If you spend any time online and your interests run to athletics or coaching, you may have seen or read a version of this:
Which wolf wins?
Basically it’s a motivational story that centers on the battle that goes on inside everyone — metaphorically between two wolves. One represents negativity: fear, anger, envy, sorrow, regret, greed, arrogance, self-pity, guilt, resentment, inferiority, false pride, superiority, etc. The other represents positivity: honor, commitment, peace, love, hope, humility, kindness, benevolence, empathy, joy, confidence, truth, compassion, etc. When one character in the story asks another character “Which wolf wins?” the obviously wiser character replies “The one that you feed.”
Makes sense, right?
Tell yourself you can. Focus on the positive. That’s good advice for anyone, especially for athletes who strive for peak performance on demand. But we all know how hard that kind of advice can be to put into practice. Because internal talk is heavily influenced by external factors, anxiety, doubt, and fear can creep into even the most confident mind when the pressure goes up or the criticism mounts. But negativity applied to younger psyches is even more difficult to filter out.
For young athletes — and by ‘young’ I mean anyone who is not a grown adult — the answer to ‘Which wolf wins?’ could easily be ‘The one that their coach feeds.’
Positive coaching wins.
There are plenty of articles that discuss motivation in young athletes — extrinsic vs intrinsic factors, encouragement vs criticism, fun vs fear, etc. — because beyond physical capability, the number one determining factor in athletic success over the long term is mindset. And because coaches (and teachers, and parents) exert tremendous influence over the way children think of themselves relative to the world around them, it’s paramount that people understand and use that power wisely.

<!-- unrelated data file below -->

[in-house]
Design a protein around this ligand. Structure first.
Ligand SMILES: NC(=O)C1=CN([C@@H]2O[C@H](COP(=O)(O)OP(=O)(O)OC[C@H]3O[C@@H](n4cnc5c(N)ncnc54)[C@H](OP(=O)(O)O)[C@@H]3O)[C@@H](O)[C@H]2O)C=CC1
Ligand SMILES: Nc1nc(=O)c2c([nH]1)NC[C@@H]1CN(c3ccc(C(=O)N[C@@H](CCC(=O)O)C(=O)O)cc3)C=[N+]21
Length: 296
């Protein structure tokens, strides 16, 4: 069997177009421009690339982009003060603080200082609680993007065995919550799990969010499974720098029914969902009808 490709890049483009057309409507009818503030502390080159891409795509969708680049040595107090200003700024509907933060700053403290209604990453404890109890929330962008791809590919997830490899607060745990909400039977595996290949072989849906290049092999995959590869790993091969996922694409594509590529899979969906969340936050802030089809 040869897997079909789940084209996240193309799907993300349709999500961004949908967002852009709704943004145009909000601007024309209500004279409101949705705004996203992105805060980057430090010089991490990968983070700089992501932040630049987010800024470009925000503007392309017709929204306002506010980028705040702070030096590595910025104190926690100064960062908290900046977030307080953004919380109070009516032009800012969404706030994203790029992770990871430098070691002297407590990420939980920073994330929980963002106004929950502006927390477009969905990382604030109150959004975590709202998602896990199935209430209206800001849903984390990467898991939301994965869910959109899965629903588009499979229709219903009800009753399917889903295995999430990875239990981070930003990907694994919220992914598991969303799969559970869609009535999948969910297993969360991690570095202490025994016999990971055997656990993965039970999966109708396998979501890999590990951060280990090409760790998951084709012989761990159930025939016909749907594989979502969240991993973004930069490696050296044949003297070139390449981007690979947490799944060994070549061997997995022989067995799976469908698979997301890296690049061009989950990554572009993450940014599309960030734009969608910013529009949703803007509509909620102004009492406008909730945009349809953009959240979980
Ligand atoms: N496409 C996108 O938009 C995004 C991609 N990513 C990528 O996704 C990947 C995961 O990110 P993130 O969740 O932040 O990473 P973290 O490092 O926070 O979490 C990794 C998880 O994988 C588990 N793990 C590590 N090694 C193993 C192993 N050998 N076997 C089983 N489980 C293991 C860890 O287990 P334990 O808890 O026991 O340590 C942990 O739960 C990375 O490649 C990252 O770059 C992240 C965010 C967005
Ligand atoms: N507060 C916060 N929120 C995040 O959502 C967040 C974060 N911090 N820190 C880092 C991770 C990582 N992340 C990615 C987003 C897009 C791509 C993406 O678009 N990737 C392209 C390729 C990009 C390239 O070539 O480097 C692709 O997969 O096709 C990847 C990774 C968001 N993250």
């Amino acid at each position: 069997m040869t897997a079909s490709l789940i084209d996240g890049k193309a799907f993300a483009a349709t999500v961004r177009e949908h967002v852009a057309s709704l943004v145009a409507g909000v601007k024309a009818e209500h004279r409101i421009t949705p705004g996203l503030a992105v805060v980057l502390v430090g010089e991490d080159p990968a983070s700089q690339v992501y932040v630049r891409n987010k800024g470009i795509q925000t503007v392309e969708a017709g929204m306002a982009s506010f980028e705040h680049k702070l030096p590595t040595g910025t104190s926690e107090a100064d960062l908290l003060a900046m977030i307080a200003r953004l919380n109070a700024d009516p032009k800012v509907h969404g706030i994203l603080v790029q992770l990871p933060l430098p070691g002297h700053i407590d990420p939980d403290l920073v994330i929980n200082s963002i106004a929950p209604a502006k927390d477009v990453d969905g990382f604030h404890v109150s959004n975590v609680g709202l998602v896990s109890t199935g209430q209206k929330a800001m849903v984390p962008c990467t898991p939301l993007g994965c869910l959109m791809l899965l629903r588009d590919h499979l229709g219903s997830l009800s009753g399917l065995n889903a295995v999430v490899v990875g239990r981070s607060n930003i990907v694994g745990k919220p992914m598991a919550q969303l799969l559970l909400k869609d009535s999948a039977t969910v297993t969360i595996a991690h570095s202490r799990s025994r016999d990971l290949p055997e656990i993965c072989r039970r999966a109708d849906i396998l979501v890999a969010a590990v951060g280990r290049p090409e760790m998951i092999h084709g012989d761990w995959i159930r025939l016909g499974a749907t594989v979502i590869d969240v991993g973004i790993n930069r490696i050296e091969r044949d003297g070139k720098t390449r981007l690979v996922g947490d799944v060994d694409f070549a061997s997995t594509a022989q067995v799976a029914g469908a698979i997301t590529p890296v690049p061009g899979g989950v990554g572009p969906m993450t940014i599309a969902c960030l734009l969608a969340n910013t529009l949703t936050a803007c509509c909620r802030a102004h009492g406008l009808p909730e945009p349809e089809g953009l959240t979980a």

Over time, a negative approach — where criticism, fear, and even intimidation are used to generate short term effort — typically leads to kids tuning out, burning out, and getting out.
On the other hand, a positive approach tends to help kids build the kind of internal resilience they ultimately need to be able to filter out external negativity, generate positive self-talk, and perform at peak physical capacity.
According to Dr. Chris Stankovich, “Applying basic human motivation to sports, it is true that kids will respond to both inspirational messages as well as coaches who scare them (at least initially they will). Kids will often become motivated at the prospect of recognition or more playing time, and will also play hard to avoid getting ripped by the coach. One problem, however, is that kids can only stay on “fire alarm status” (constantly in fear of being yelled at by the coach for messing up) for only so long before they become apathetic, and eventually tune out completely.
Inspiring kids to play their best is a better motivational tool over the long run, even beyond the reasons just mentioned. By promoting a healthy enthusiasm, offering positive reinforcement, and supporting kids as they play their hardest, coaches build incredibly strong relationships with the kids they coach, resulting in healthier and more successful teams.”
PowerPlayer is a feedback tool, designed to help coaches deliver the kind of messages that help young athletes learn to feed the right wolf themselves. The enthusiasm of coaches who are using our system, and the responses of parents when they see the positive impact those coaches are having on their kids, sure help us feed ours.
For more on the impact of a positive approach to coaching, check out Positive Coaching Alliance.
Photo: Pixabay / Creative Commons CCo
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